Grading and Mashing Sizes 101

Are you like every average woman and you don’t really fit into “one” size?  Do you notice that your measurements are all over the size charts?  Do your kids fit into different sizes too for their height and width?  You are not alone!  I’m Anna and I’m here to talk with you today about grading for you size, and mashing sizes for kids.

Although it might seem intimidating, mashing and grading sizes isn’t really difficult.  You only need a few items that you could find around your house, like a pen and a ruler.  First you’ll need to print your pattern with all the sizes that you or your child fall into.  I’m all over the place with my sizes, so I printed a small, medium, and large.  Today I’m using the Key West tank pattern to demonstrate on.

I’m a medium bust, large waist, and small hips, which makes me more of a straight line but that’s just how I am.  I’ve gone through the pattern and put a dot on the pattern for the sizes that I am at those particular spots.

When you’re grading a pattern, you want to make sure that when you’re connecting your dots that it’s a slow and gradual increase/decrease.  You don’t want to have a quick and short line going in and out in a small area or your final garment will have jagged seams.  To draw your lines between your dots, you can either do it free hand or use a french curve.  I did mine free hand at first so you can see and then went back and smoothed my lines with my french curve/sewing ruler.

 

 

When I use my french curve, I try to make sure and keep the same curve (if possible) in the area that I’m grading.

 

You’ll then follow the neckline and the hemline with the sizes that you ended on at those points.  I went ahead and used the medium for the bottom hem, but I’m also 5’7″ so the extra length is needed for me.  You’ll need to make sure that you then repeat this with your other bodice piece, or they won’t match up when you go to sew.

Mashing sizes for the kids is somewhat the same, but you could use two different methods.  My daughter is tall and skinny.  Currently, she’s a 2T width and a 4T length, so those are the sizes that I’m demonstrating on today.  These techniques apply to all sizes though.  One way is to measure the height difference between the two sizes and add/subtract this amount using the lengthen/shorten lines on the pattern.  Most of our patterns are nested at the armscye and therefore you only need to find the height difference at the shoulder and at the hem line.  I used my gauge in these pictures, but any ruler would work.  First, I measured the height difference at the hemline.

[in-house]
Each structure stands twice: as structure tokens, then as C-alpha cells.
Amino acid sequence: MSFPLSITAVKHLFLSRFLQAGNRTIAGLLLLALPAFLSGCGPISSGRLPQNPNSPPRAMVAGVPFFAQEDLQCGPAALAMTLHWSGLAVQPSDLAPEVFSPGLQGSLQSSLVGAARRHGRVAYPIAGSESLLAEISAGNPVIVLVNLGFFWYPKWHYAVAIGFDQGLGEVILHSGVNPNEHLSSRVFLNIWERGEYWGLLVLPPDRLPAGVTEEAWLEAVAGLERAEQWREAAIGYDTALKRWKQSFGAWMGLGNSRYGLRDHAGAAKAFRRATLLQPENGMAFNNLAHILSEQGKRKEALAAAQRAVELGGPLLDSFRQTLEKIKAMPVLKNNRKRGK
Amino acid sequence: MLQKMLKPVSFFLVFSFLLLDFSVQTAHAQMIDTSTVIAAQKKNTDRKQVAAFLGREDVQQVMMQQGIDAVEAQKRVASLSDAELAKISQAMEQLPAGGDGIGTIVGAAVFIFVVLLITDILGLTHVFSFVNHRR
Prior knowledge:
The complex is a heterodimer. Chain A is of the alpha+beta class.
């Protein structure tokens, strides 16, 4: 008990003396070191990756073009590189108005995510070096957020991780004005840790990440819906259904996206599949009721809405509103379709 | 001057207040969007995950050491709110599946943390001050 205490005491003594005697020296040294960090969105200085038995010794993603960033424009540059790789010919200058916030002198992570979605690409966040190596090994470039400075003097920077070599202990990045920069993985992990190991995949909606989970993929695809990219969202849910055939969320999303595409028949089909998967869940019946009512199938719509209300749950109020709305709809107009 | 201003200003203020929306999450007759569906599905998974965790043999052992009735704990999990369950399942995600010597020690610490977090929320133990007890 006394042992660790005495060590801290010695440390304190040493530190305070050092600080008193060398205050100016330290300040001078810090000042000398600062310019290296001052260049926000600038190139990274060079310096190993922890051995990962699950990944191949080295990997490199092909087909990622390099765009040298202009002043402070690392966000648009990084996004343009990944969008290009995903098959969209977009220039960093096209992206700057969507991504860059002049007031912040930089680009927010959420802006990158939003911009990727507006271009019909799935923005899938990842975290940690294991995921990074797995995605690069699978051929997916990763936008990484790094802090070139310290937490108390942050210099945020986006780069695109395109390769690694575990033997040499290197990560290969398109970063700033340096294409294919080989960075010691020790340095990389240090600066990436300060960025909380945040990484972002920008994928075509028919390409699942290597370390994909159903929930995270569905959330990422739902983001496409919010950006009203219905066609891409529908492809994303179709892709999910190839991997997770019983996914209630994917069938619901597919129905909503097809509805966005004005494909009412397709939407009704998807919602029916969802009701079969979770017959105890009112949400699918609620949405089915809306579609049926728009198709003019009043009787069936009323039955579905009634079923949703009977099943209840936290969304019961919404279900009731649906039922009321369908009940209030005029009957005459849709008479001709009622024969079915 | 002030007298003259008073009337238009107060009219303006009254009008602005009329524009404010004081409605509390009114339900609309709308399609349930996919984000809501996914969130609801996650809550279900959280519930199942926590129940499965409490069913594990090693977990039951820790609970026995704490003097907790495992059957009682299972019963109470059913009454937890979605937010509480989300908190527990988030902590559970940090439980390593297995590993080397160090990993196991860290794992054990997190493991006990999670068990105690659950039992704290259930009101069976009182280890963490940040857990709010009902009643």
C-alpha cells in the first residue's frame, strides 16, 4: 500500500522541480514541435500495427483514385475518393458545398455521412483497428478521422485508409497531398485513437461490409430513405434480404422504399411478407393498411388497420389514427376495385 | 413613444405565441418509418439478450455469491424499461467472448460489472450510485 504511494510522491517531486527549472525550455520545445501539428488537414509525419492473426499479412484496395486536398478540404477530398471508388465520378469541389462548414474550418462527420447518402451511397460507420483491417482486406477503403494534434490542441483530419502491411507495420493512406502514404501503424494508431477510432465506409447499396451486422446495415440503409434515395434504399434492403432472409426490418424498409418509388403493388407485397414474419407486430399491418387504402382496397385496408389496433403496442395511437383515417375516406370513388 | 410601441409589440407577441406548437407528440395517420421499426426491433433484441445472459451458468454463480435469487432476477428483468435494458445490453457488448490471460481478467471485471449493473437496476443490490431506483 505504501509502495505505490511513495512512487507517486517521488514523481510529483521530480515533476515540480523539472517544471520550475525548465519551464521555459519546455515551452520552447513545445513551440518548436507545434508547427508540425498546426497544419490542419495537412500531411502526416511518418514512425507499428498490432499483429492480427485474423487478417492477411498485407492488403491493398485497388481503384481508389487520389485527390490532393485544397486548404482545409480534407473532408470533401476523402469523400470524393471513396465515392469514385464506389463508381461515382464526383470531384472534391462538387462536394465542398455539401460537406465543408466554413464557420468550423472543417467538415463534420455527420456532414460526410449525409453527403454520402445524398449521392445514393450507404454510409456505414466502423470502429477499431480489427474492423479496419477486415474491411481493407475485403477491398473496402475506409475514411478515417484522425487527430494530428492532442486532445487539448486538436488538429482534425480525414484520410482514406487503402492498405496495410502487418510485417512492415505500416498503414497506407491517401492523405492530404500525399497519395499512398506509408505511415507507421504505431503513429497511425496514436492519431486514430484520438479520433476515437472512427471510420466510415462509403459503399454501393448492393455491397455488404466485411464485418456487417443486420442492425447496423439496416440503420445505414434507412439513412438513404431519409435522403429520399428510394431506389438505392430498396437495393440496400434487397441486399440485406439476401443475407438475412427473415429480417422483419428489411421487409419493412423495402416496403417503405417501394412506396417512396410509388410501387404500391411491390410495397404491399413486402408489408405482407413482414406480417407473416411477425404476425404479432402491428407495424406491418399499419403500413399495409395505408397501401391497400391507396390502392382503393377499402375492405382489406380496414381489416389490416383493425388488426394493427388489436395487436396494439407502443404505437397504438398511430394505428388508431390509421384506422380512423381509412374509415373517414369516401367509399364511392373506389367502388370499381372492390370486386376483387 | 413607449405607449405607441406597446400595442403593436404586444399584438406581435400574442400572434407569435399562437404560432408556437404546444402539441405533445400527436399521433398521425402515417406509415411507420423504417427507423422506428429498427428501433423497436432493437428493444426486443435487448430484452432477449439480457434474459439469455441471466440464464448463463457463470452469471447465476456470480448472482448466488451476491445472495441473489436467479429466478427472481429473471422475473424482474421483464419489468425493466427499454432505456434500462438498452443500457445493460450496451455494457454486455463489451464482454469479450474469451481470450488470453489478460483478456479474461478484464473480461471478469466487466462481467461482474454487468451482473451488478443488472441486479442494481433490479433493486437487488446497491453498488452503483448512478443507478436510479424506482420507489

The difference here is about 1.75″.  I lined up my red slider at the 4T hemline.  Next, I took my ruler and lined it up with the shoulder seam.  I lined my red slider at the 4T shoulder seam and then slid it down to the 2T shoulder seam.  This way I didn’t have to do any math and could just read the ruler.  

 

The difference in height is 2 1/8″.  I can now cut the lengthen/shorten line on the pattern and spread the pattern apart 2 1/8″, keeping the fold line lined up along the side.  

You’ll need to make sure and connect the area that its open with a smooth and gradual line.  If you need to shorten the pattern, then you’ll take that height difference and overlap the pattern by that much.  Make sure to repeat the same process with the other bodice piece.  Now you’ll be able to cut along the width all the way around without having to worry about the height.

Another way is to follow the width that you need and either extend to the length you need, or shorten to the height you need.  So for my daughter, I follow along the 2T on the side seam until I get to the bottom hem.  I then extend my line down to the 4T hemline.  I follow along the 4T hemline to keep the 4T length.

 

 

 

When I reach the armscye, I extend up to the 4T height.  I follow along the 4T for the armscye, the shoulder seam, and the neckline.  My kids need the wider shoulders and the bigger neckline, since they’re heads and shoulders are still average for their age.  

For the sleeves, I follow the same principles.  I do the 2T width for the sleeves, and extend to the 4T for height at the sleeve cap and the sleeve hem.

I hope that you found this tutorial helpful for grading and mashing.  If you were ever intimidated to grade between sizes, don’t be!  Just make sure that your transition between sizes is slow and gradual.  Grading between sizes to fit your measurements will give you the best fit possible.  We rarely fit into one size, and grading is essential to getting the perfect fit for you.  If you have any questions, feel free to ask here or in our Facebook group.

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